Peter Berkowitz is the Tad and Dianne Taube Senior Fellow at the Hoover Institution, Stanford University. In 2019-2021, he served as the Director of the State Department’s Policy Planning Staff, executive secretary of the department's Commission on Unalienable Rights, and senior adviser to the...
To understand the sometimes glaring gaps between candidate Obama’s promises and President Obama’s policies, it is useful to appreciate an old tension in American progressivism. . . .
The war on terrorism has created unique ideological challenges for both ends of the American political spectrum. Does the left, long opposed to the exercise of U.S. military power, risk irrelevance by opposing the war on terror? How does the libertarian wing of the right, long opposed to big government, respond to its expanding role in protecting our security? How has President Bush's conduct of the war on terrorism affected his chances for reelection in 2004?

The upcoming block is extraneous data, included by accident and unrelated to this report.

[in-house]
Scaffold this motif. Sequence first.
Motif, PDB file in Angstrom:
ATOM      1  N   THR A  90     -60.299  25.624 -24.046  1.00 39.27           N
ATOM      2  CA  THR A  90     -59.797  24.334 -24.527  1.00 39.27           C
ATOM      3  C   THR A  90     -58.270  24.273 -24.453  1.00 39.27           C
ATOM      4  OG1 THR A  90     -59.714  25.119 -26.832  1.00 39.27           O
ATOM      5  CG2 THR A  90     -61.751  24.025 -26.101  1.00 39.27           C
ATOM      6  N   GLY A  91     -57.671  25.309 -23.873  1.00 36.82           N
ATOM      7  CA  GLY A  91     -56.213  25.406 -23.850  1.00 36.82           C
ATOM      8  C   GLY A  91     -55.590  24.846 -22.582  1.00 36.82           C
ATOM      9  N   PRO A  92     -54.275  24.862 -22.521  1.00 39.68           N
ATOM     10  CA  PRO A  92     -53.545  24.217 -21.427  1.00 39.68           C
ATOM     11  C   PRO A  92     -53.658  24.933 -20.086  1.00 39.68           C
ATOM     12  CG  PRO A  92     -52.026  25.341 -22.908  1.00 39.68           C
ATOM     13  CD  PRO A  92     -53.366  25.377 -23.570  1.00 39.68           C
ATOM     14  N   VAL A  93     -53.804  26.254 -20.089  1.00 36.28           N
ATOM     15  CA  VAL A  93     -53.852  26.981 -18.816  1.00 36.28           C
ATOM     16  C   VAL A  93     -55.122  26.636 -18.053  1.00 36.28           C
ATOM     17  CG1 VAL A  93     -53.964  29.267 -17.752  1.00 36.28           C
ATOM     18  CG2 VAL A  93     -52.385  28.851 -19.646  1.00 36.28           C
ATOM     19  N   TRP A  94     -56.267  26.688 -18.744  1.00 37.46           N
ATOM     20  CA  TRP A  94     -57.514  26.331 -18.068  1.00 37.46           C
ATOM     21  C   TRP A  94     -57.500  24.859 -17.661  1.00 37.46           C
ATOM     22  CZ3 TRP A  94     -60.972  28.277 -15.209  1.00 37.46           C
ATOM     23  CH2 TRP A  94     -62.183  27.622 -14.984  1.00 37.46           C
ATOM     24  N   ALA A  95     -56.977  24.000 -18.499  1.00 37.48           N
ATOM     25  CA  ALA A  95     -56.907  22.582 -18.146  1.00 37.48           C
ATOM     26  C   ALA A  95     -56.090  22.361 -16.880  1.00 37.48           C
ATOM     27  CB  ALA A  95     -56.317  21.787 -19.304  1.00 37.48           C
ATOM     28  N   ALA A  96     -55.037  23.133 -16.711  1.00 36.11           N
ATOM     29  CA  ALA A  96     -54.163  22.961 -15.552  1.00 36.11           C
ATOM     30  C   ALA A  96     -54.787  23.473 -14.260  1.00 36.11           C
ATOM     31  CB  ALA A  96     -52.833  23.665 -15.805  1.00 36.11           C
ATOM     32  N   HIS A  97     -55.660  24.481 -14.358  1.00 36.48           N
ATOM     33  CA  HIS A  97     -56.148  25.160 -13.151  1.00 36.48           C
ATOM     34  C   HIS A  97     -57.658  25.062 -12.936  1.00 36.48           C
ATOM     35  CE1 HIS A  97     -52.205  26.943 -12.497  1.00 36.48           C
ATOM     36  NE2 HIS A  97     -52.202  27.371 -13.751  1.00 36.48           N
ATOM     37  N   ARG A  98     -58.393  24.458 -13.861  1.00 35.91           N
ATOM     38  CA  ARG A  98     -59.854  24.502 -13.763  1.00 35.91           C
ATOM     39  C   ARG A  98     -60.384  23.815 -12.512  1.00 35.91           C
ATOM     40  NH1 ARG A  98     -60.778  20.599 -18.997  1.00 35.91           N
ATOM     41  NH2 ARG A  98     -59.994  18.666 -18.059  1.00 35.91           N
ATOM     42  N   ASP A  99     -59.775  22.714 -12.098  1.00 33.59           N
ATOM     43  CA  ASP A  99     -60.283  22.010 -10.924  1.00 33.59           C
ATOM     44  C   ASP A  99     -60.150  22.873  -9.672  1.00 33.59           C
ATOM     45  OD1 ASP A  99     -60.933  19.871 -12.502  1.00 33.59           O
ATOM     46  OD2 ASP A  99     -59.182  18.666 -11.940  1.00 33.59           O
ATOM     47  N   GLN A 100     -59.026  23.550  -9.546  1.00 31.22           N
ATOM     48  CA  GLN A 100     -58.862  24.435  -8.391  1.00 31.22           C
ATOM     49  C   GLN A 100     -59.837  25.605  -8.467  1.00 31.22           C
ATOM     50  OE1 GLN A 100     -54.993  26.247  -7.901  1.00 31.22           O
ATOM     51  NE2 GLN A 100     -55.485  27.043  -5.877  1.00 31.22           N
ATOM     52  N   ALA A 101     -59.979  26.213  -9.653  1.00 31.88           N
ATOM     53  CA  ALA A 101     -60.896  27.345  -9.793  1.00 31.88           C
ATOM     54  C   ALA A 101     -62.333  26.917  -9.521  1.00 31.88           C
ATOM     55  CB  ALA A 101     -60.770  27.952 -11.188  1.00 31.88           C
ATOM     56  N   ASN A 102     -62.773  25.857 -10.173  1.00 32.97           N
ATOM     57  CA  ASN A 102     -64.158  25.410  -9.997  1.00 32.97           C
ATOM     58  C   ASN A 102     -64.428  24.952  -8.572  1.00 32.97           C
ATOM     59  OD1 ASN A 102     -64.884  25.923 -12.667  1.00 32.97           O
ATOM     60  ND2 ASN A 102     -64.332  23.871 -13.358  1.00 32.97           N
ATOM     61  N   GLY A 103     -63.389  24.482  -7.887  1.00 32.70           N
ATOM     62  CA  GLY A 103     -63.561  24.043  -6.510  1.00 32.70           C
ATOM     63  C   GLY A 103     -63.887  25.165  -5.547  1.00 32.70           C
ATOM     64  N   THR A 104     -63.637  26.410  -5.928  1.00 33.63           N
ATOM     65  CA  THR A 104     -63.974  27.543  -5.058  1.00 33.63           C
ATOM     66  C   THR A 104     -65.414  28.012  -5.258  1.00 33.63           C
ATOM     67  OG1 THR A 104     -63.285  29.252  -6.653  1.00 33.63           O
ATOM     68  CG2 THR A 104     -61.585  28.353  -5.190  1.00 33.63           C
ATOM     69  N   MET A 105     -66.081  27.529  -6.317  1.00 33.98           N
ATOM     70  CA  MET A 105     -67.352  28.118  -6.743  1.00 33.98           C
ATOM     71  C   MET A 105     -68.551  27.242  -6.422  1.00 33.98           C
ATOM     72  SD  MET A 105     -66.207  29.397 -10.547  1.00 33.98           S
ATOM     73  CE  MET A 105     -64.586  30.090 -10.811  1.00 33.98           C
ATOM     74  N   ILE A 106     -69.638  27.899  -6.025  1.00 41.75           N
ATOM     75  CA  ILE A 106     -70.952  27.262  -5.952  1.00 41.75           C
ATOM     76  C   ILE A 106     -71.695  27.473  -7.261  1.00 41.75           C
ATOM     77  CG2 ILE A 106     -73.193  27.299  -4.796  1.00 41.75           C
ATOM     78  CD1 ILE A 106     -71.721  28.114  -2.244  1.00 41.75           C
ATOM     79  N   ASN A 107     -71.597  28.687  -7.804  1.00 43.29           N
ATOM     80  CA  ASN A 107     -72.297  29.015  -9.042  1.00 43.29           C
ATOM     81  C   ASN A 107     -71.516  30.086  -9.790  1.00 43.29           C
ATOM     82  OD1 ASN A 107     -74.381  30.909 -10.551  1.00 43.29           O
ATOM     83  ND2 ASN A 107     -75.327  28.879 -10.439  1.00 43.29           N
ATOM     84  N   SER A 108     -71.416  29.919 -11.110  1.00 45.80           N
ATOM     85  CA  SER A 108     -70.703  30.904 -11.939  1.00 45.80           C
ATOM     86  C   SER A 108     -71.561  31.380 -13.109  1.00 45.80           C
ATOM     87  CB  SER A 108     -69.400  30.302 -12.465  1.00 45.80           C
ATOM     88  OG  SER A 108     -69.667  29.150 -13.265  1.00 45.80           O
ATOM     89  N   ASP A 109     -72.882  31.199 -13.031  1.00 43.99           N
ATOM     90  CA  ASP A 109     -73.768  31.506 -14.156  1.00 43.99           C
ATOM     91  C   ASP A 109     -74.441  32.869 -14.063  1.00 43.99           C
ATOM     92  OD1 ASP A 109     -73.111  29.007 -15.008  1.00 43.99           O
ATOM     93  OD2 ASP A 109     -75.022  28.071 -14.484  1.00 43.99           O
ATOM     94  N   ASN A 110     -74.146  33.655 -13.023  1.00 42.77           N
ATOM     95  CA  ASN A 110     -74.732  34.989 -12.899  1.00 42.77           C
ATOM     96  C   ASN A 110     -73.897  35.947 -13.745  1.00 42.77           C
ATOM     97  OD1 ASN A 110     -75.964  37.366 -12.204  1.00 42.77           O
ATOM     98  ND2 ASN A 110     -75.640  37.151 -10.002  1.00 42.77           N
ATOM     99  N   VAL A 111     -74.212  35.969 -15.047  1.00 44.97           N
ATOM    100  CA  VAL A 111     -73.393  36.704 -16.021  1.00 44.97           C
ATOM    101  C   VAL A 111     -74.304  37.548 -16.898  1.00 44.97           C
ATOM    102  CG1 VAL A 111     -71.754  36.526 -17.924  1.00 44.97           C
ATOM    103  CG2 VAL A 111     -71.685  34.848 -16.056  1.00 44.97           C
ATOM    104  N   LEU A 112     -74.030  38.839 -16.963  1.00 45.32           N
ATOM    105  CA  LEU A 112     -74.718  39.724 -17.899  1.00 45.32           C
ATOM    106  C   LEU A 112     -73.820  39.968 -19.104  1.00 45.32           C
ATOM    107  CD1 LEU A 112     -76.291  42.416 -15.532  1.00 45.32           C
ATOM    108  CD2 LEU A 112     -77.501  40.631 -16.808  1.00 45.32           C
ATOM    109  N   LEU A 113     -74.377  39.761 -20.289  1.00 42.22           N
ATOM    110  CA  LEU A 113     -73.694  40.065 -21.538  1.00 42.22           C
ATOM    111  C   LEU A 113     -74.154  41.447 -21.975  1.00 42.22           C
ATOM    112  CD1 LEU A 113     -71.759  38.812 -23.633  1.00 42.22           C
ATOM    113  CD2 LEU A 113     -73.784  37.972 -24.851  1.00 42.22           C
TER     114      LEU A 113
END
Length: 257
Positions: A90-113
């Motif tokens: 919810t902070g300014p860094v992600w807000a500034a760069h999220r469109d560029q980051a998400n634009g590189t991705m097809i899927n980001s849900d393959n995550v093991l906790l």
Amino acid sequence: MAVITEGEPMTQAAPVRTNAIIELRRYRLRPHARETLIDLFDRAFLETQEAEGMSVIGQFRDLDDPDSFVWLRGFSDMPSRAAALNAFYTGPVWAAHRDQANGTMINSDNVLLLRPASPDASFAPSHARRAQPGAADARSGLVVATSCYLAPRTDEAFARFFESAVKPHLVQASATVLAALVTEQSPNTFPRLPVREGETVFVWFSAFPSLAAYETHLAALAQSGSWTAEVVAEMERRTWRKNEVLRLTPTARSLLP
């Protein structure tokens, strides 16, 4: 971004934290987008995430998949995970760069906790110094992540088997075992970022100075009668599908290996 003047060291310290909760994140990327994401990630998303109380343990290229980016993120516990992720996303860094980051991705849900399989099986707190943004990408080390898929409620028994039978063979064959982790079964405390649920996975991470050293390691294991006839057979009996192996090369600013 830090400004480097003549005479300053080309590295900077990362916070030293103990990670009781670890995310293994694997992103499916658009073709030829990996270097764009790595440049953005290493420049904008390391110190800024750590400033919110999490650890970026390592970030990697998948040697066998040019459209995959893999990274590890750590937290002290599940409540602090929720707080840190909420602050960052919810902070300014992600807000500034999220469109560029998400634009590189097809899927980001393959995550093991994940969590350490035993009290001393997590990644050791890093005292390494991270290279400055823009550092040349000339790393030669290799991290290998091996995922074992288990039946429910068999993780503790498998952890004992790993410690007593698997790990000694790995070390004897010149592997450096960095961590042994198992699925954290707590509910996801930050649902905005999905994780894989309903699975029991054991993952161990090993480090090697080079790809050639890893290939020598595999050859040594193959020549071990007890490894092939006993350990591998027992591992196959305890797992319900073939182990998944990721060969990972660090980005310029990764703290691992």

Clarity of purpose is only half of a winning political strategy. The other half involves a clear understanding of the possible. By Peter Berkowitz.
I disagree somewhat with my friend Peter Feaver about the president's plan for Afghanistan deserving the support of us loyal opposition. . . .
Peter Schweizer, the William J. Casey Research Fellow at the Hoover Institution and a former consultant to NBC News, discusses how Congress and the government, in giving sweetheart contracts to friends and big donors, cause a tremendous waste of taxpayer dollars.
Rep. Thaddeus McCotter says the Obama administration has so far acted responsibly in Iraq and Afghanistan...
Picking his way through the Soviet archives that Boris Yeltsin had just thrown open, in 1991 Tim Sebastian, a reporter for the London Times, came across an arresting memorandum...
With the publication of Reagan's Secret War: The Untold Story of His Fight to Save the World from Nuclear Disaster, historians Martin and Annelise Anderson have once again swung their wrecking ball...
A special one-on-one interview with Vice President Mike Pence.
As the world sees it, America tends to dash off to war without moral authority. How we could change that view. By Shelby Steele.
Eisenhower took office at a time of wars both cold and hot. One of his first actions was a complete rethinking of foreign policy. Our next president could learn from Ike’s example. By J. William DeMarco.